HC Deb 16 April 1863 vol 170 cc264-5

Letter and Documents respecting withdrawal of Lisburn Election Petition considered.

THE ATTORNEY GENERAL moved, that the Letter and Documents relating to the withdrawal of the Lisburn Election Petition be referred to the General Committee of Elections, to inquire into the circumstances of the case, and to report to the House. The documents sufficiently showed what the circumstances were that would form the subject of the proposed inquiry. It appeared that a Petition had been presented to the House against the Return of John W. Barbour, Esq., M.P. for the borough of Lisburn, signed by William John Knox and Moses Bullick. A letter, dated yesterday, had been received by Mr. Speaker, from a Mr. M'Cann, of Lisburn, enclosing a document purporting to be signed—and, in fact, signed—by the petitioners, desiring to withdraw the Petition. That document was dated the 24th of March, and M'Cann was the attesting witness. It further appeared that the Speaker, on the 27th of March, received another document, signed by the petitioners Knox and Bullick, and dated the same 24th of March, in which they disclaimed any intention to withdraw the Petition, and alleged that they had signed the letter setting forth that this was their intention under a complete misapprehension as to its nature and object; and that they desired to support the Petition. If the Petitioners had been induced to sign the document in question under a misapprehension as to its real nature, the House would probably be of opinion that there had been no withdrawal of the Petition in any fair and reasonable sense, and that it ought to be allowed to proceed; but that, on the other hand, if they had not been practised upon by M'Cann, but had put their hands to the document knowing what they were about, then the Petition ought to be considered to be withdrawn.


entirely agreed in the proposition; but there was a question involved which concerned the House that he hoped would not be compromised by this course of action. Here was a gen- tleman of the name of M'Cann, who had been the agent for the Petitioners, who, whether under a misapprehension or not, signed a letter to the Speaker and the House of Commons, stating that they wished to withdraw their Petition against the Lisburn Election Return; but, before the agent has had the time or the power to present it when signed, the Petitioners go to the agent and say, "We do not want to withdraw the Petition at all, and we desire you to give it back to us." But the agent says, "No, I insist upon carrying it to the House of Commons." And so they wrote a second letter, and took care that that should be in the hands of the Speaker at the same time as the first. He submitted that the Petitioners had a perfect right to do as they had done; and that their first letter therefore did not amount to a withdrawal of the Petition.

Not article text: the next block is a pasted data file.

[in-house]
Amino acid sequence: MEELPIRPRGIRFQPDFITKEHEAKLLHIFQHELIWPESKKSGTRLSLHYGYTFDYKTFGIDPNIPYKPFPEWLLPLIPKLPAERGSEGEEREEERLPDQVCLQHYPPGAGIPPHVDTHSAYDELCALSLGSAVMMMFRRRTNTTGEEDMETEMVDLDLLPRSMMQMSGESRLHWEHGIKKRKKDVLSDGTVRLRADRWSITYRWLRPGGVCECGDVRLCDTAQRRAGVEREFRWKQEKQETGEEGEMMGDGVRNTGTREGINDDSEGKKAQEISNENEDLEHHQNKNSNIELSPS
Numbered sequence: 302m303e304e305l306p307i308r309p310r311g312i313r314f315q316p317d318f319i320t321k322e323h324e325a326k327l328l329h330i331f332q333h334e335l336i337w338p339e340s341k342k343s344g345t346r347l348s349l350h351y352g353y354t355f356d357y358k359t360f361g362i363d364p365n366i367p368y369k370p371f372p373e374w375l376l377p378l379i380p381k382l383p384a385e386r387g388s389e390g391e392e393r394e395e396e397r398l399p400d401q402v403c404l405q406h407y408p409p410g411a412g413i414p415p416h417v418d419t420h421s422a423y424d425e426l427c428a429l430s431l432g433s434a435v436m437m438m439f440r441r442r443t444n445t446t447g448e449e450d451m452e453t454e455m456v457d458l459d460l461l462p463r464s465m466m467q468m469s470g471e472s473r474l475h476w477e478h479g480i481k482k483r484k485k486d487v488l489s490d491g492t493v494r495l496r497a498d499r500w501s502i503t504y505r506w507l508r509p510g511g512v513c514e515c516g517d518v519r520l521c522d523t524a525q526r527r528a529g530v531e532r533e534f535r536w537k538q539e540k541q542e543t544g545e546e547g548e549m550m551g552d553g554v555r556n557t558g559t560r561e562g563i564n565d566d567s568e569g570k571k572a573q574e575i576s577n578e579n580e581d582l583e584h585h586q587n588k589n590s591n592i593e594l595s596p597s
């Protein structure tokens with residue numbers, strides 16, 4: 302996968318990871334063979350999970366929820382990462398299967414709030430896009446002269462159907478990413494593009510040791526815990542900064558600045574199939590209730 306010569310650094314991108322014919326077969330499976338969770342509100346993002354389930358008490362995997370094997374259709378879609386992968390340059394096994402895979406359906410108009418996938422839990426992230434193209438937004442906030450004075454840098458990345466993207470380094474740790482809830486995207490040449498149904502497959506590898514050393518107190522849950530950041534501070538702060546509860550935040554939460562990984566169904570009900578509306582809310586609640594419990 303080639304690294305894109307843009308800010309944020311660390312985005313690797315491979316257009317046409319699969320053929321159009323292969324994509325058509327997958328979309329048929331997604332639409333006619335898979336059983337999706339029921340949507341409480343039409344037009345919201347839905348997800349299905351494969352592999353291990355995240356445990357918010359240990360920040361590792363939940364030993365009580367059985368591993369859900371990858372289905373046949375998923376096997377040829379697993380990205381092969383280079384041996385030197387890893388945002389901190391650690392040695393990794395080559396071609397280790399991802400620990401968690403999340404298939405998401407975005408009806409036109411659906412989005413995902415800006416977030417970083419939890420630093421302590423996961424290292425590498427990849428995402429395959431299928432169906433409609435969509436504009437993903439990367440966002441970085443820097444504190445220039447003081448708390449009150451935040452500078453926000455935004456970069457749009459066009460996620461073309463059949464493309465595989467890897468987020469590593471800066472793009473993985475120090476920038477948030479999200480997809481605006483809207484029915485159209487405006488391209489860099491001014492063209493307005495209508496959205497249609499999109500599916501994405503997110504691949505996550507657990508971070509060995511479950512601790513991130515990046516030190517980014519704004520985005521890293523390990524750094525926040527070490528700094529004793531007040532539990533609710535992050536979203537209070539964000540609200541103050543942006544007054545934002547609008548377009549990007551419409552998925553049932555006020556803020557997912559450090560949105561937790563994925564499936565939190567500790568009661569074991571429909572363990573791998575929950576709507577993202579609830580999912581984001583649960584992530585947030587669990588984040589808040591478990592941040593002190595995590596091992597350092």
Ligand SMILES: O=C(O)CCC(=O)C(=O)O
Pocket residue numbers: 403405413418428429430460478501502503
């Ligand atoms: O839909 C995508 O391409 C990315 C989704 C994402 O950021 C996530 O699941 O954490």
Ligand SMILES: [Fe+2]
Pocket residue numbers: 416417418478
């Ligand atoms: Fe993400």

said, that although he believed that the course proposed to be adopted was in accordance with the last precedent, he should have preferred that the matter should, as was done in the Norwich case, about ten years ago, have been referred to a small Select Committee, specially appointed, rather than to the General Committee of Elections, more especially as that Committee was to be called upon to pronounce a legal opinion as to whether, under the 8th section of the Act of Parliament, there had been a withdrawal of this Petition.

Motion agreed to.

Ordered, That it be referred to the General Committee of Elections, to inquire into the circumstances under which the Document withdrawing the Petition complaining of an undue Election and Return for the Borough of Lisburn was signed by the Petitioners William John Knox and Moses Bullick; and whether such Document constitutes a withdrawal of such Petition under the Election Petitions Act (1848), and to report their opinion to the House.